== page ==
Night fell and it seemed like all my symptoms worsened. My arms and face were hot to the touch and I had to douse myself in water several times throughout the night to cool down lest I boil down to nothing. The soreness in my neck which I had initially attributed to simply hiking with a heavy pack had now become a tense, rigid knot which had stiffened to the point that I had trouble moving my head from side to side. I must have sweated several litres in a few short hours because I was literally bathing in a puddle which formed a steady drip from the bottom of my hammock to the ground. When I opened my eyes I hurriedly shuttered them to the light as pain lanced the sockets (photophobia). I hid them in the crook of my sweaty elbow and massaged my temples to ease the headache which bordered on a migraine. I knew it was bad when I got up partway through the night to go to washroom and stumbled across a green pit viper. It was no more than 10 feet away from my hammock. I offered it no more than a glance before falling back into bed, my heavy camera gear which I’d carted for 20+ kilometres sitting beneath me, useless. Once I struggled to sit up and perhaps rummage through my equipment but I promptly fell back down breathing heavily. It was no use, I was finished, all used up.
I went through a mental rolodex of tropical and potentially fatal maladies and repeatedly came back to falciparum malaria, and bacterial meningitis both of which can be fatal within a very short time period if left untreated. We were currently on day 4 of what was supposed to be a week-long trek. However, in light of my worsening condition I decided I had to get some form of treatment or at least determine that what I had wasn’t too serious. I tried to assure myself that what I was experiencing was at least partially psychosomatic and that my isolation left me with nothing else to think about and so my symptoms mirrored my thoughts and theories. Unfortunately this realization did little to actually calm or resolve anything and I would gradually return to the rolodex and oscillate between fear and reason, with the scales steadily tipping towards the former.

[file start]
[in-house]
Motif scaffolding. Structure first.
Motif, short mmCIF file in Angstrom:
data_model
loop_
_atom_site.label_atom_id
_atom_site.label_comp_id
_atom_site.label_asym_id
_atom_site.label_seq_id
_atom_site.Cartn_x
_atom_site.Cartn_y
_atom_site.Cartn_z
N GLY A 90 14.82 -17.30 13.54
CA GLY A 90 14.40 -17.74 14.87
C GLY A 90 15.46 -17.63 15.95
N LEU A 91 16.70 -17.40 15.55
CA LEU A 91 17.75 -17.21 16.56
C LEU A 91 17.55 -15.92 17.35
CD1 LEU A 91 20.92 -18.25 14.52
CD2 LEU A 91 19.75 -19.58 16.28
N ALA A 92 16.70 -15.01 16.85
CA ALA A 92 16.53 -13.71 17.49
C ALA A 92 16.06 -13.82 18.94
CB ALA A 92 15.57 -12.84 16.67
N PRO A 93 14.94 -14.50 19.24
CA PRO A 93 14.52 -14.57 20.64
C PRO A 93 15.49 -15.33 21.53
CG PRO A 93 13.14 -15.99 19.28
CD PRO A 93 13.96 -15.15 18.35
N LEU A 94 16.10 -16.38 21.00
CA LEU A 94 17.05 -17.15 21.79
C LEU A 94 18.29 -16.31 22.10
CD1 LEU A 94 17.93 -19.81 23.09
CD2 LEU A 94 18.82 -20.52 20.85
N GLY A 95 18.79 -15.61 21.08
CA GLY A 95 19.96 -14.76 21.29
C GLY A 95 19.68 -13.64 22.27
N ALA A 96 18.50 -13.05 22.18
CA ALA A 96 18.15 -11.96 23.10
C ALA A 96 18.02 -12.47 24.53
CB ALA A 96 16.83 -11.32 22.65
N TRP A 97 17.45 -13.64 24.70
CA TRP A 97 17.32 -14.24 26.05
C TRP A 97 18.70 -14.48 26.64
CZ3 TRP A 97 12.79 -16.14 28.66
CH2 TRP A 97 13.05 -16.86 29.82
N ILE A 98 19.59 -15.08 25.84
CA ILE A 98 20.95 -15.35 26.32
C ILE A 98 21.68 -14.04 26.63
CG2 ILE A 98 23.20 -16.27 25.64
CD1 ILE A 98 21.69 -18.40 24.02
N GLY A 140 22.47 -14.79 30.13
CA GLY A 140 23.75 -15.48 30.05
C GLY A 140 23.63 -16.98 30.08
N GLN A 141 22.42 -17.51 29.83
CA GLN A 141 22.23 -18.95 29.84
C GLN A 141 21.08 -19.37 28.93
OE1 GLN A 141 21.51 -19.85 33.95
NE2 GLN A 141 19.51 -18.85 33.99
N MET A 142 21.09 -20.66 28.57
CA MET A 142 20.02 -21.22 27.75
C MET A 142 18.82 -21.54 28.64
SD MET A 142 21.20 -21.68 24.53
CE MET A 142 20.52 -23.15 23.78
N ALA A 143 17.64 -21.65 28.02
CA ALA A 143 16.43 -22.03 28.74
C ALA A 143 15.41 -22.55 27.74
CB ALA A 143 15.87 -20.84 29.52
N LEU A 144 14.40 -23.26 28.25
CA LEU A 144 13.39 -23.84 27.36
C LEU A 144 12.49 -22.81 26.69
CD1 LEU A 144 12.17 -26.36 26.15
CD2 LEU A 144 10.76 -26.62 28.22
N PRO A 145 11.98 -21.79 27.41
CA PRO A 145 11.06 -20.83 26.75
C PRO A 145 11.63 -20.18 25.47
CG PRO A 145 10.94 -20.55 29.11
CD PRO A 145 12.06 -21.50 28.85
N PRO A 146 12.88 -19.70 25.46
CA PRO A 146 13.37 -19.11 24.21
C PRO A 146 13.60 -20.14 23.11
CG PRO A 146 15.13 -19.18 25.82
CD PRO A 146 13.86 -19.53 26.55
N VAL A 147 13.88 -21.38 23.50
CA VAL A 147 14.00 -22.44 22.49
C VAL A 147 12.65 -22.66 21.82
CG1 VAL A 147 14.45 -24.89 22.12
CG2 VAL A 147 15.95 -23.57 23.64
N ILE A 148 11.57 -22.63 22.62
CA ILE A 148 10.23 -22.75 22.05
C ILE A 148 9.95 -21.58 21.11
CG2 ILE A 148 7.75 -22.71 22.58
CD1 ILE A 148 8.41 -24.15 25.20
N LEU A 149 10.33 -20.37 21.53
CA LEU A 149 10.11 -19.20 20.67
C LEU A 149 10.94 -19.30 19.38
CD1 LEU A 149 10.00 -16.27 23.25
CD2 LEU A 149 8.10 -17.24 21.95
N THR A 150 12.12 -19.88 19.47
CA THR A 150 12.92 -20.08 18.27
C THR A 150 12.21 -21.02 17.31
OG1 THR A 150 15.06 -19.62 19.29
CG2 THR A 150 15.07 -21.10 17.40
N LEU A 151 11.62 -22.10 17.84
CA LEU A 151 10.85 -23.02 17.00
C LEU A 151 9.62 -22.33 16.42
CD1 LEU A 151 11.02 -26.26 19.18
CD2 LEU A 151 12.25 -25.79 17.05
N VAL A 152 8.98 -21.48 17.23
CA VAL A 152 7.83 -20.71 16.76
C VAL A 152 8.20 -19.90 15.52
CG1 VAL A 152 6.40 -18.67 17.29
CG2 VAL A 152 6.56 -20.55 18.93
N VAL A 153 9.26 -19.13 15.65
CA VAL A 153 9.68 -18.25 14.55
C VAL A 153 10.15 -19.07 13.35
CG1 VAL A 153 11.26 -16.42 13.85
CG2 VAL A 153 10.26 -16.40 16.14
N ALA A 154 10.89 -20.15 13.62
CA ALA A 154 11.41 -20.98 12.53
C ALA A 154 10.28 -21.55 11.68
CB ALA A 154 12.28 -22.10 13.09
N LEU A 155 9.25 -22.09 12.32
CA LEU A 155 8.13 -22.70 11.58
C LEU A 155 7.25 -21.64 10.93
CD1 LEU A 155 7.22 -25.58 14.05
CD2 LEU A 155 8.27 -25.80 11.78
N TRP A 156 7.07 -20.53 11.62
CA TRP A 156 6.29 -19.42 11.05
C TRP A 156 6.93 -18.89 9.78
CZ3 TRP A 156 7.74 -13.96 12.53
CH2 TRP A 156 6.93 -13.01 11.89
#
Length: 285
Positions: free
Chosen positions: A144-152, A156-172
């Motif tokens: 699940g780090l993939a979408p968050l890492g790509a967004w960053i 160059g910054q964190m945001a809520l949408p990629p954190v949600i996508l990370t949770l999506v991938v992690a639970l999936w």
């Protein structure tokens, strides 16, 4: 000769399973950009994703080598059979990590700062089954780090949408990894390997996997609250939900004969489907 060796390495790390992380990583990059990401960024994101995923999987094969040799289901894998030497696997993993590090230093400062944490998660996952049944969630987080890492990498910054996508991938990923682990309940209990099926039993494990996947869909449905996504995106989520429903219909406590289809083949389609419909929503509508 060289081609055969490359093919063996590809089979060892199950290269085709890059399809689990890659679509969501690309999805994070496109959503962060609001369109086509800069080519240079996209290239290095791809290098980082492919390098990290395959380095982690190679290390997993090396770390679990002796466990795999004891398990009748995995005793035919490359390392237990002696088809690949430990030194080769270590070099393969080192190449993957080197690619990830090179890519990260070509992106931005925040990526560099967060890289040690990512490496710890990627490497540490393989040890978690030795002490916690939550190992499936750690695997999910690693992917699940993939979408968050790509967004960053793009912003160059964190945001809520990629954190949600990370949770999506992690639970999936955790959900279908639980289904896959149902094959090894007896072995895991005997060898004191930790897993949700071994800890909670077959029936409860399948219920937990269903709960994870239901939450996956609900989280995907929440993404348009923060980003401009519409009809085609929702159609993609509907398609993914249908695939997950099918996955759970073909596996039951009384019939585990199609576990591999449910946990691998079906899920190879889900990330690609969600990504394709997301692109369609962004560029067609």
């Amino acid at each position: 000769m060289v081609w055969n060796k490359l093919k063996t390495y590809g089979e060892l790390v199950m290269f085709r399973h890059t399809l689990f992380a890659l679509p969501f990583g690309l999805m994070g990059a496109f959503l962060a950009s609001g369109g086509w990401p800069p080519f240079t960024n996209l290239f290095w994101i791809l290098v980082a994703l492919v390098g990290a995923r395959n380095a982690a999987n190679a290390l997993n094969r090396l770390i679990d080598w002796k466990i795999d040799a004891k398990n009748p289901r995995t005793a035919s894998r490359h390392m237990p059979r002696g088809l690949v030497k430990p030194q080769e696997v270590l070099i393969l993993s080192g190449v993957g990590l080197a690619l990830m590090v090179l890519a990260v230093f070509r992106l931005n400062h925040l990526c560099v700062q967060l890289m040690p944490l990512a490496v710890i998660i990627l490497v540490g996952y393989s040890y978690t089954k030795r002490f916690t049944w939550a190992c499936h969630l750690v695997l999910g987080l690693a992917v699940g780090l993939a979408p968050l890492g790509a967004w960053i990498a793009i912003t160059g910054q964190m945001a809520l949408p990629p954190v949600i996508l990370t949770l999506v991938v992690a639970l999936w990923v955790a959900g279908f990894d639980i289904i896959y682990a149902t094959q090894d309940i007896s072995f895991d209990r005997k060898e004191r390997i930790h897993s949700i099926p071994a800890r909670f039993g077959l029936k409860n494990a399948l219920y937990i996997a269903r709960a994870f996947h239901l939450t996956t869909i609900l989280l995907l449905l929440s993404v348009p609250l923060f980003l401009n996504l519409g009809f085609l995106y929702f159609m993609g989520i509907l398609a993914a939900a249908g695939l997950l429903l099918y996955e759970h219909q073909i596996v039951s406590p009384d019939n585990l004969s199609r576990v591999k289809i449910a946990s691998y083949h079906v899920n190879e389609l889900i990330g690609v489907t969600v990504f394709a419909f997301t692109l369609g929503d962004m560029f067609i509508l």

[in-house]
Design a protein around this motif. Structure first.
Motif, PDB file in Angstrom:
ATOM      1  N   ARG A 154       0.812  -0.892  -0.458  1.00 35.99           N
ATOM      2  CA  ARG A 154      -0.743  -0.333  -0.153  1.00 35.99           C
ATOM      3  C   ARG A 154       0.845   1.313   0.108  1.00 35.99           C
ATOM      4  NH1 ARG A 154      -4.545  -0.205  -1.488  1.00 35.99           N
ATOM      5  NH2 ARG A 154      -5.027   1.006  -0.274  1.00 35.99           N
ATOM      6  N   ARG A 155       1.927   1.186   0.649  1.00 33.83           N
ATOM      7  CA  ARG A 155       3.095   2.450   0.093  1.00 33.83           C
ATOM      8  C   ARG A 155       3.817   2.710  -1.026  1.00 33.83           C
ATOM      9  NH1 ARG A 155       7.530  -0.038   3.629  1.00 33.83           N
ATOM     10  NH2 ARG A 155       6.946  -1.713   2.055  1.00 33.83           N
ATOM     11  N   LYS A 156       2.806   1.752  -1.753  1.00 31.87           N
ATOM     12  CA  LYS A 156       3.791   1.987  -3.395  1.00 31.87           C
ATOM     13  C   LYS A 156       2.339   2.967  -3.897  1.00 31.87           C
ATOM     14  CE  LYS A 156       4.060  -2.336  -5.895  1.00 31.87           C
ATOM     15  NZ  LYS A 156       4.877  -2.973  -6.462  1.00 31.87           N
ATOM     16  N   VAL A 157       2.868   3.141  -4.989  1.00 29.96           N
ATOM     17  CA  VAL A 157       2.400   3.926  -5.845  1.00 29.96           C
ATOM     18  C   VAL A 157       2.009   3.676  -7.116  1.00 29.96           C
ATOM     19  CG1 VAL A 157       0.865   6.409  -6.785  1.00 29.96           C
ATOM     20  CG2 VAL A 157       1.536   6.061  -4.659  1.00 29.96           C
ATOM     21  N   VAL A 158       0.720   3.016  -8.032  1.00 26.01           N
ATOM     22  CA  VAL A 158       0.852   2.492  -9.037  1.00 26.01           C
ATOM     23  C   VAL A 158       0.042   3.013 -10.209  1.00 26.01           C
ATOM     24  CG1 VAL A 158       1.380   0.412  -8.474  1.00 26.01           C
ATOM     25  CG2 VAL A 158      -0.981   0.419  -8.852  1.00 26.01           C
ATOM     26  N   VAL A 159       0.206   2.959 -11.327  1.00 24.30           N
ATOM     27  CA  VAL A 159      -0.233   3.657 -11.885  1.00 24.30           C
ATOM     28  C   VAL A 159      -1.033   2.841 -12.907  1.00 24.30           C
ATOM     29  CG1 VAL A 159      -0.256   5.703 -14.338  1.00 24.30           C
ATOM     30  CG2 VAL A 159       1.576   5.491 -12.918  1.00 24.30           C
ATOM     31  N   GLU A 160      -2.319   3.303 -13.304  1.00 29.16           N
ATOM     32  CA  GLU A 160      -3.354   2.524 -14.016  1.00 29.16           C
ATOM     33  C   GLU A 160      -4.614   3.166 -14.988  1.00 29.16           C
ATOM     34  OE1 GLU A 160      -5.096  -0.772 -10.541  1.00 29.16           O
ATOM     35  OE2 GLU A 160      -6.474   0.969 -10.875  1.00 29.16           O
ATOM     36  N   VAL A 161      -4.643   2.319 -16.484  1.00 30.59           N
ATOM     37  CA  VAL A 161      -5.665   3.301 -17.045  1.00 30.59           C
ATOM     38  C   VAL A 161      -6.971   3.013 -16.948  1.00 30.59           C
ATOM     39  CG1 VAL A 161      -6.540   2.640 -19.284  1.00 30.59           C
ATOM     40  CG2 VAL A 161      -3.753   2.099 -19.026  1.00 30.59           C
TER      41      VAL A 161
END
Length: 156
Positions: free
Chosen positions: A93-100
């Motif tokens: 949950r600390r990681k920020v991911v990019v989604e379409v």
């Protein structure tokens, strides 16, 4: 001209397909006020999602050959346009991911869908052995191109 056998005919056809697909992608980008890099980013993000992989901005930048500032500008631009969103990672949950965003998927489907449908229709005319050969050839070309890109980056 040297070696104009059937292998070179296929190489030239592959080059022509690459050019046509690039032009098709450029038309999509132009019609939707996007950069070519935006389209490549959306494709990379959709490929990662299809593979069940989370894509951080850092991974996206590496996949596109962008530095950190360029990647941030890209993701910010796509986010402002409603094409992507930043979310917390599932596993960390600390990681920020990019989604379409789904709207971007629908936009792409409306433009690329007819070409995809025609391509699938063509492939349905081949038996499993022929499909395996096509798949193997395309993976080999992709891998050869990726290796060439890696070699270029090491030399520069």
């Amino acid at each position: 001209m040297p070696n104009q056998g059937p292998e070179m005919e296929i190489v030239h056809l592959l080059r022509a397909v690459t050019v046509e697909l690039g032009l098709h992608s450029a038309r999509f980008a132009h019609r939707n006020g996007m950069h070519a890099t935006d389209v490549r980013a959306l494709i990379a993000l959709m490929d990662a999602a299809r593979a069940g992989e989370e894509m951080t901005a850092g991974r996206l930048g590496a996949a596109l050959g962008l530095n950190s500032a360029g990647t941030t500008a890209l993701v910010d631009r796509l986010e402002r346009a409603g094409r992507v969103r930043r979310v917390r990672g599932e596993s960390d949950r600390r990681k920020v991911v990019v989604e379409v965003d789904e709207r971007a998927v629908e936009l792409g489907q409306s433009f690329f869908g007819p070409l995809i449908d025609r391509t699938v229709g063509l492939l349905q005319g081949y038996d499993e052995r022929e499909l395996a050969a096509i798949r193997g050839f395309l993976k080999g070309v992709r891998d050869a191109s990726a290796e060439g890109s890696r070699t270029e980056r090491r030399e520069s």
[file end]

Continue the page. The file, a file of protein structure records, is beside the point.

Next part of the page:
Day came and yet another sleepless night. Fatigue settled into every limb and I knew already I wouldn’t be able to make the trek out. Sou got up brought me breakfast and upon seeing my pale, inert form actually felt the need to shake me to make sure that I was still alive. My eyes fluttered open and despite the pain from the strong sun, I managed a weak smile and accepted the bowl of porridge he offered. At least I still had an appetite…well sort of…I half finished the mush in front of me before it was overtaken by ants.
Sou didn’t bother asking whether I wanted to go on a tour of the Veal, it was evident from the way I couldn’t even bring myself to leave my hammock for breakfast that I was in no condition for a hike. So we remained in the shade and over the course of what could have been several hours or several minutes, I felt myself go from fever to freezing chills. I knew that my temperature must still be high but I found my teeth chattering and I was shaking with the cold. I crawled out of the hammock and towards a patch of sunlit rock. There I basked like the reptiles that I so often photographed. In fact I saw a skink not a foot away adopting a posture not so dissimilar from my own. On unsteady feet I peeled off my clothes, changed and put the sweat-soaked garments in the sun to dry. From my perch I pointed out the pit viper which hadn’t moved from the night before. Sou took a quick look before declaring “Very dangerous” with a vigorous shake of his head. I nodded feebly. “I take photo for you?” I had serious doubts whether Sou could manage my camera, however, no harm done so I gave him a quick tutorial and set all the buttons to automatic. The sun felt awfully strong…I saw Sou delicately easing toward the viper…I looked around and suddenly couldn’t make sense of anything around me. The heat, it felt like I had been in the sun for hours. How long had it been? 5 minutes, 10? I looked around and it was as though I was swimming in a Salvador Dali painting. Shapes melted away and my vision became a swirl of colours. The golden grassland became a blur of pastel strokes from a painter’s brush. The ground swelled and rolled under me, there was the brief realization that this was it, that I was losing consciousness and couldn’t hold on much longer. Then there was a streak of motion as though the painting tipped from the easel, which must have been me falling and then there was nothing.